Patterns of pain in diverticular disease and the influence of acute diverticulitis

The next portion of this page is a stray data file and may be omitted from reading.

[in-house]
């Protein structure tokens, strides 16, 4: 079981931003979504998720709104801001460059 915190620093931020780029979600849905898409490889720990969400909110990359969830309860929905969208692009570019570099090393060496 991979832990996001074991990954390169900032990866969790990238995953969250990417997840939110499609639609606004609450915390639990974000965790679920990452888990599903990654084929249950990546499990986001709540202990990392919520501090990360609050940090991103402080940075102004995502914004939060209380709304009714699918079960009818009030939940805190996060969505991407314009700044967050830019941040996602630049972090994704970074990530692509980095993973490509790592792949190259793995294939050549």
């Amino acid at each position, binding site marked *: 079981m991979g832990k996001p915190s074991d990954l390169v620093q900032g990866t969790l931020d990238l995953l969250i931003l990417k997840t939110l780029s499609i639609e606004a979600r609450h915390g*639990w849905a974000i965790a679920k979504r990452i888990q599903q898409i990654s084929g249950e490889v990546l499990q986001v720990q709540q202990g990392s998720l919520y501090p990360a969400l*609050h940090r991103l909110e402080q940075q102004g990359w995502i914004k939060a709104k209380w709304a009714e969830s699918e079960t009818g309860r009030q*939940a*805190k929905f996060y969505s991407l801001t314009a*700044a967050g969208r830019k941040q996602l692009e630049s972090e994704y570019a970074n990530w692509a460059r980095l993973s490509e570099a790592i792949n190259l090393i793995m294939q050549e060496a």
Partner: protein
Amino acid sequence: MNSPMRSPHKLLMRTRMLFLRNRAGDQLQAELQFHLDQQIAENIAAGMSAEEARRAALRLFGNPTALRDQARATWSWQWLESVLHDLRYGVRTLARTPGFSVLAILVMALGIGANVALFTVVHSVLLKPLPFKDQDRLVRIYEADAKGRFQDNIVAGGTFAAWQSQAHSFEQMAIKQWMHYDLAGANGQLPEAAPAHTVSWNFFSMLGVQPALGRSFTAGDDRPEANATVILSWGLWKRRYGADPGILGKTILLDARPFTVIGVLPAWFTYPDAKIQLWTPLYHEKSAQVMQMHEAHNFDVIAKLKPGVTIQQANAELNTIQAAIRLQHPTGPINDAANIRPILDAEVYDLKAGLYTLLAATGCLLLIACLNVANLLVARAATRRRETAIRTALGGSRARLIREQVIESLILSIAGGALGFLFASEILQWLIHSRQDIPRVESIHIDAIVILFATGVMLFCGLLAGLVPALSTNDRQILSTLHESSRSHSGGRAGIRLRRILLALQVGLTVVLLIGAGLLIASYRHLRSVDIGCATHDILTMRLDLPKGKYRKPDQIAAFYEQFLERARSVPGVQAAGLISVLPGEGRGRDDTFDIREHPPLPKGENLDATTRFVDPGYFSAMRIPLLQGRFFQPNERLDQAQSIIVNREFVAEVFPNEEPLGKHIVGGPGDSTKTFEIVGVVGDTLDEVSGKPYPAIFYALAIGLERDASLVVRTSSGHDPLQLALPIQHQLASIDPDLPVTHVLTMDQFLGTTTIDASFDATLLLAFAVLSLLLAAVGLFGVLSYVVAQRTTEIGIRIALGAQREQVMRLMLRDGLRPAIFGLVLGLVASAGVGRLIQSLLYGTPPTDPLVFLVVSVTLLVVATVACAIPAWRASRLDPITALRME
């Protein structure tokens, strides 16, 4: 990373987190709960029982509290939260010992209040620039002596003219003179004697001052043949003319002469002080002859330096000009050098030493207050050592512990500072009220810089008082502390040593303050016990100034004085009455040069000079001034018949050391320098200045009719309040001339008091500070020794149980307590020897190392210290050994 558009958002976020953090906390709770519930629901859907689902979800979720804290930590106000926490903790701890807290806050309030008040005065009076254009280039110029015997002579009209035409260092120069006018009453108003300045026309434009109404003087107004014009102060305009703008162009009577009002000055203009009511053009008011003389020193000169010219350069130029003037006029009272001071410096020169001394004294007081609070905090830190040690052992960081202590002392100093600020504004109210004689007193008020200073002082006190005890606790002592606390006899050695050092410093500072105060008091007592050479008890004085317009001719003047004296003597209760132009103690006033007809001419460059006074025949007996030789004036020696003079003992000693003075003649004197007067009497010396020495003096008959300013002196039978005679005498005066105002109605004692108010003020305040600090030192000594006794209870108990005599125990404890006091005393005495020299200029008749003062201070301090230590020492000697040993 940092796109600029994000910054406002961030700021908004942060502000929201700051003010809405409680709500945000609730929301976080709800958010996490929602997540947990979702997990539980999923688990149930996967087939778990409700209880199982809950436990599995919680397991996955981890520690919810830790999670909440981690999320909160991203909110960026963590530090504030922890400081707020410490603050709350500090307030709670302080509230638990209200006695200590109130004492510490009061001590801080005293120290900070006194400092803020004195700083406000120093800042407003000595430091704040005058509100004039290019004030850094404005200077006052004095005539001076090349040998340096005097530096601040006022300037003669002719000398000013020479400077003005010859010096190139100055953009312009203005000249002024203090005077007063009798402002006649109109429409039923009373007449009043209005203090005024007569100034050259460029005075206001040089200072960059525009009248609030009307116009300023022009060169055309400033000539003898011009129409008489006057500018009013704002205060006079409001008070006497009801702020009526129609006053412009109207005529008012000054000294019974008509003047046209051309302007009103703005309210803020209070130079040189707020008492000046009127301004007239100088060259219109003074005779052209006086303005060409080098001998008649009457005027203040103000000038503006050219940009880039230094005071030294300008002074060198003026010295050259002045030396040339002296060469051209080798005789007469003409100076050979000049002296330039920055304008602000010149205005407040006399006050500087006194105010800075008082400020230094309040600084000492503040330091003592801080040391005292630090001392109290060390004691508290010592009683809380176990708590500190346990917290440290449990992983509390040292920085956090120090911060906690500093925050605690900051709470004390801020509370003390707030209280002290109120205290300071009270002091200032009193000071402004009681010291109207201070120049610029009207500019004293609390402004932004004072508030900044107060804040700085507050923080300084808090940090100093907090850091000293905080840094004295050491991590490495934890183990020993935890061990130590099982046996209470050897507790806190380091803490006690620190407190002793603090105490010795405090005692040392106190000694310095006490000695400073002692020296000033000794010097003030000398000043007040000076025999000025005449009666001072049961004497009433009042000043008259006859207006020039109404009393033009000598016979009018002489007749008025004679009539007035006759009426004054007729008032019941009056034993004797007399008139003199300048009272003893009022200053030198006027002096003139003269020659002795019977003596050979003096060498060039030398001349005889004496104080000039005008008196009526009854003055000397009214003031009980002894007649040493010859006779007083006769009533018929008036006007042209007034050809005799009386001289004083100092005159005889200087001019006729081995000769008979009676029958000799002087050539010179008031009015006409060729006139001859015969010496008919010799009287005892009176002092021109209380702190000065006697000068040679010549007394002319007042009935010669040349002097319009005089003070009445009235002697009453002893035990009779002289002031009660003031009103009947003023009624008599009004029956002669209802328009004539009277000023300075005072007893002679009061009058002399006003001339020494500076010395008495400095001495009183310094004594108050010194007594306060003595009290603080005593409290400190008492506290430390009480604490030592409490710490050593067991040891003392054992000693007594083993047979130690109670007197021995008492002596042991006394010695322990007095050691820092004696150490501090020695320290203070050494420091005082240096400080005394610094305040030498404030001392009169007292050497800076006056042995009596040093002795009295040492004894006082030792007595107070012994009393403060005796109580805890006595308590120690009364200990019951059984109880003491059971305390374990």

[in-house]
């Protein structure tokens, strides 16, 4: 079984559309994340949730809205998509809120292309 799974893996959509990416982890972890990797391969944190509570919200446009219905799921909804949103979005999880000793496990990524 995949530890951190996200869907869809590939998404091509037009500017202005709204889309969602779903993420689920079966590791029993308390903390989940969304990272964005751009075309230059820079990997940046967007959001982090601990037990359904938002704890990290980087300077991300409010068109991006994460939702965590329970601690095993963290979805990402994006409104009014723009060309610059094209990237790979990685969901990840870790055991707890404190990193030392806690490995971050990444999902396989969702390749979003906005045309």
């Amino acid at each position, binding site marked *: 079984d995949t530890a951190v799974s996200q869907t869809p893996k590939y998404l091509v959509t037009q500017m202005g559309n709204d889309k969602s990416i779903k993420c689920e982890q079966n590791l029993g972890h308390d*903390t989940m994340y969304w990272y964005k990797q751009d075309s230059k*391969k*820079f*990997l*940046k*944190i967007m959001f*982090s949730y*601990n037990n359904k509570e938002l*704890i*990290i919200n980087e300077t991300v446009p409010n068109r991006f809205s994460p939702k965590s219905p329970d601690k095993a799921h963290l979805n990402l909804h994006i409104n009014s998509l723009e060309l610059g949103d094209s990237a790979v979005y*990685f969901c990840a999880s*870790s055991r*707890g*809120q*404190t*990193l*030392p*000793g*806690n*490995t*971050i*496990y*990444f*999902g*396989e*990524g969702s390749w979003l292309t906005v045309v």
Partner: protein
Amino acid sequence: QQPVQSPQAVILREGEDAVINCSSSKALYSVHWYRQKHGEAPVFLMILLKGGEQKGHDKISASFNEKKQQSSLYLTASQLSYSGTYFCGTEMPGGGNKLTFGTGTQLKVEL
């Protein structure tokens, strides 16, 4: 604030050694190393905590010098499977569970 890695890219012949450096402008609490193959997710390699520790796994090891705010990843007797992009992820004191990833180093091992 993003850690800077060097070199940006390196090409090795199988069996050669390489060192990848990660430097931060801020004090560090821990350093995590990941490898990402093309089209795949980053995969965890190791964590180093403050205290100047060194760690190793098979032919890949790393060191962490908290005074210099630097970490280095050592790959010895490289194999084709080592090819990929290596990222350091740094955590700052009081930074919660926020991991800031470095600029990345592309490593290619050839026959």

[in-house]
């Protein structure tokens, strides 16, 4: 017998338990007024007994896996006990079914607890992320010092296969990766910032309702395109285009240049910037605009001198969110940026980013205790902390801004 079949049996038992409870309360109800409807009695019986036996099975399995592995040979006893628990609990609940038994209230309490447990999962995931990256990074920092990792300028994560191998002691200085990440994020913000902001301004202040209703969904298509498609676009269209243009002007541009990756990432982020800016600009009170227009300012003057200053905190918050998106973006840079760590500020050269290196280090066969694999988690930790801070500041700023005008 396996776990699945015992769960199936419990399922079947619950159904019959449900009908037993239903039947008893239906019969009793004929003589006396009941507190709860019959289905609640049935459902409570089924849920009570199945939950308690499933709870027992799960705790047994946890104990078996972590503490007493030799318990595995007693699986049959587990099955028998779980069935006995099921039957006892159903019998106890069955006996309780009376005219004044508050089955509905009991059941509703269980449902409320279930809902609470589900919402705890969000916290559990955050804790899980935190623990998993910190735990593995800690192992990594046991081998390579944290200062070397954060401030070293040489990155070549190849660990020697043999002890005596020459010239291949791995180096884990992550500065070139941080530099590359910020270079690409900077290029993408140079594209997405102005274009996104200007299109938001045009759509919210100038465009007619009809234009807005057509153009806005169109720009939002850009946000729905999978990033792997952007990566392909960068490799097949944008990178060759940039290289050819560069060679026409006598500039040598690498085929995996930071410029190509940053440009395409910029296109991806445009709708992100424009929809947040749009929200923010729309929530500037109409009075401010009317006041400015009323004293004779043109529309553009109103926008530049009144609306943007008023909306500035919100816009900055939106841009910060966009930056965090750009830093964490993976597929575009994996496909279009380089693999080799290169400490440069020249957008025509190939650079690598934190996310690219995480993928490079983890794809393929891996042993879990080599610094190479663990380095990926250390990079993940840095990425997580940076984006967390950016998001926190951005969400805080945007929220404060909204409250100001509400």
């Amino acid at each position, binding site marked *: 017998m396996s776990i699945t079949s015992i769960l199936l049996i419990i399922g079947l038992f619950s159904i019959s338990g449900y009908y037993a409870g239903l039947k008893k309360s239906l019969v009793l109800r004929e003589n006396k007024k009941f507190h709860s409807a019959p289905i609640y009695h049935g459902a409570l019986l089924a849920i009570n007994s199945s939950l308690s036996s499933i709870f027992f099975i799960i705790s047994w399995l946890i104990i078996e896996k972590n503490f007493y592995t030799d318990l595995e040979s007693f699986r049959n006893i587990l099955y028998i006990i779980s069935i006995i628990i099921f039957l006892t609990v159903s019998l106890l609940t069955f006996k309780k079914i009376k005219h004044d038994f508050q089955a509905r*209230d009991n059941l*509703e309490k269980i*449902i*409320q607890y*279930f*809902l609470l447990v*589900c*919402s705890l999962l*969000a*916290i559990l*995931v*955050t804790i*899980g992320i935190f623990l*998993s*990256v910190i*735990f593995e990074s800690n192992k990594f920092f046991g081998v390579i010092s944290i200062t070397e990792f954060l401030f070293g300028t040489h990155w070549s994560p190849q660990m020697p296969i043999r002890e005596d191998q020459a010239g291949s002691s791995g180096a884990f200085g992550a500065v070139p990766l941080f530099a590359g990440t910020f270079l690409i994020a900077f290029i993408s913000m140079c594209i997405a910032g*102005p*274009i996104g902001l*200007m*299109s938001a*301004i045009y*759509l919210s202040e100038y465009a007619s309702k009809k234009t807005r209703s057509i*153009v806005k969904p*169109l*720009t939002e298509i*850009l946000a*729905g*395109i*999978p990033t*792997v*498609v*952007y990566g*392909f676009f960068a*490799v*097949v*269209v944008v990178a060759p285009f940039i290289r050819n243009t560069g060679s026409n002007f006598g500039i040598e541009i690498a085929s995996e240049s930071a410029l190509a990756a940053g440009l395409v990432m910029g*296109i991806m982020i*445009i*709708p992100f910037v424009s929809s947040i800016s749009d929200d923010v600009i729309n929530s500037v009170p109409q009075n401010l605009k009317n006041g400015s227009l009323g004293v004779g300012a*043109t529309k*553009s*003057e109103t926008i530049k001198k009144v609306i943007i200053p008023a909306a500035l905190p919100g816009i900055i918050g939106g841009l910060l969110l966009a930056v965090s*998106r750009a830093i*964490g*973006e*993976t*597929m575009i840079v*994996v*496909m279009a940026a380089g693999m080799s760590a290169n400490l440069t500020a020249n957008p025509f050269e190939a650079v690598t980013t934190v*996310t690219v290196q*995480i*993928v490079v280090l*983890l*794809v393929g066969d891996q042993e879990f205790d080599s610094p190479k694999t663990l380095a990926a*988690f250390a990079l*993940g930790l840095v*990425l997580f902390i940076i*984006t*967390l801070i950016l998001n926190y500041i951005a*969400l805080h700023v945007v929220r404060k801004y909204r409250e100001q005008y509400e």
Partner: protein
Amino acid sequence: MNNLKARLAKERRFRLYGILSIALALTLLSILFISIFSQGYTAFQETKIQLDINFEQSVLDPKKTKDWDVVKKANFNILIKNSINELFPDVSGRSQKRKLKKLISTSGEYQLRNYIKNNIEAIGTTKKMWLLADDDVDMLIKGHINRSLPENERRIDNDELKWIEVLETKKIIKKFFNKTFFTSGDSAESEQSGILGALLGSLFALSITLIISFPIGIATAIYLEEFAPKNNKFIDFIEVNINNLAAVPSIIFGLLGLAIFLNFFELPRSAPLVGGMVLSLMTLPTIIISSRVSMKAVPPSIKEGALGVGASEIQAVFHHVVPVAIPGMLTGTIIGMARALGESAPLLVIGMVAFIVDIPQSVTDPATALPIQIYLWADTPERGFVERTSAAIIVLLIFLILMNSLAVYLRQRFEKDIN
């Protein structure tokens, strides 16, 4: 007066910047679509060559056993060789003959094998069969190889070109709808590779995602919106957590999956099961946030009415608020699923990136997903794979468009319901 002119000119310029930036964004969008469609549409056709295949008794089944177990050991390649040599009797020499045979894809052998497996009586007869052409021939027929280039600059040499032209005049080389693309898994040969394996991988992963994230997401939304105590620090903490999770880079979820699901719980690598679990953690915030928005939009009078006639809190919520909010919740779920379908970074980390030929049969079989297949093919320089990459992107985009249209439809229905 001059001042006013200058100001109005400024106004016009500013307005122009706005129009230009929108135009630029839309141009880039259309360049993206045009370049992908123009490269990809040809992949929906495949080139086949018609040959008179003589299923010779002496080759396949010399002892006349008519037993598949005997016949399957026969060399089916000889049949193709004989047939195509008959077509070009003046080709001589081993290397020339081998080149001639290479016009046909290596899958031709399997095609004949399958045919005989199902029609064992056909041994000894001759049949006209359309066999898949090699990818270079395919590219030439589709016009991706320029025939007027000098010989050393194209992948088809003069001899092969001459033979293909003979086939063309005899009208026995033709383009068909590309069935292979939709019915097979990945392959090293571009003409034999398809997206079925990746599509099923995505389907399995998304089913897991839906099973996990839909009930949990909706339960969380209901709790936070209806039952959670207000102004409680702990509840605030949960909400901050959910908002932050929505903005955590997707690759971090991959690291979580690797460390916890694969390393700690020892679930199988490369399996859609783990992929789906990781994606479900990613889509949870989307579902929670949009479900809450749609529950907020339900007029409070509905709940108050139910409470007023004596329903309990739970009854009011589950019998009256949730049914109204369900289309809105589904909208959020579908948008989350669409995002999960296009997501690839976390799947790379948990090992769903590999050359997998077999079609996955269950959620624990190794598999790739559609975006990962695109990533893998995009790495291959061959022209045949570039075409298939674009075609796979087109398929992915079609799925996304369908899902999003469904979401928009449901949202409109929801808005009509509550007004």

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BackgroundWhile the association of recurrent bouts of abdominal pain with colonic diverticulosis is well recognized, the cause of this pain is obscure since in most cases it occurs without obvious diverticulitis or other potential causes.AimsTo define the patterns of pain in diverticular disease and the influence of acute diverticulitis.MethodsTwo studies were undertaken to establish the relationship between bouts of prolonged abdominal pain (> 24 h) presumed to be due to inflammatory diverticulitis and recurrent short-lived pain. In Study 1, 261 patients with a barium enema showing diverticulosis completed a postal questionnaire concerning episodes of both prolonged and short-lived pain. In Study 2, 26 patients previously admitted to hospital with a firm diagnosis of diverticulitis were interviewed for details of their bowel habits since discharge.ResultsStudy 1: 94/261 patients experienced recurrent, short-lived pain on a median of five days a month, with a median duration of 3 h. In addition, 51/261 patients described episodes of prolonged pain with a median duration of three days. Of these, 31/51 (61%) experienced recurrent, short-lived pain compared with 63/210 (30%) who had not had an episode of prolonged pain. More specifically, 12/17 (71%) who received antibiotic treatment for presumed acute diverticulitis during their bout of prolonged pain experienced recurrent pain compared with 82/244 (34%) who did not experience such an episode. Study 2: 18/26 patients hospitalized for acute diverticulitis developed new, recurrent, short-lived abdominal pain following discharge, with a median duration of 4 h.ConclusionEpisodes of prolonged, presumed inflammatory pain due to diverticulitis are frequently followed by recurrent, short-lived pain similar to that seen in irritable bowel syndrome.

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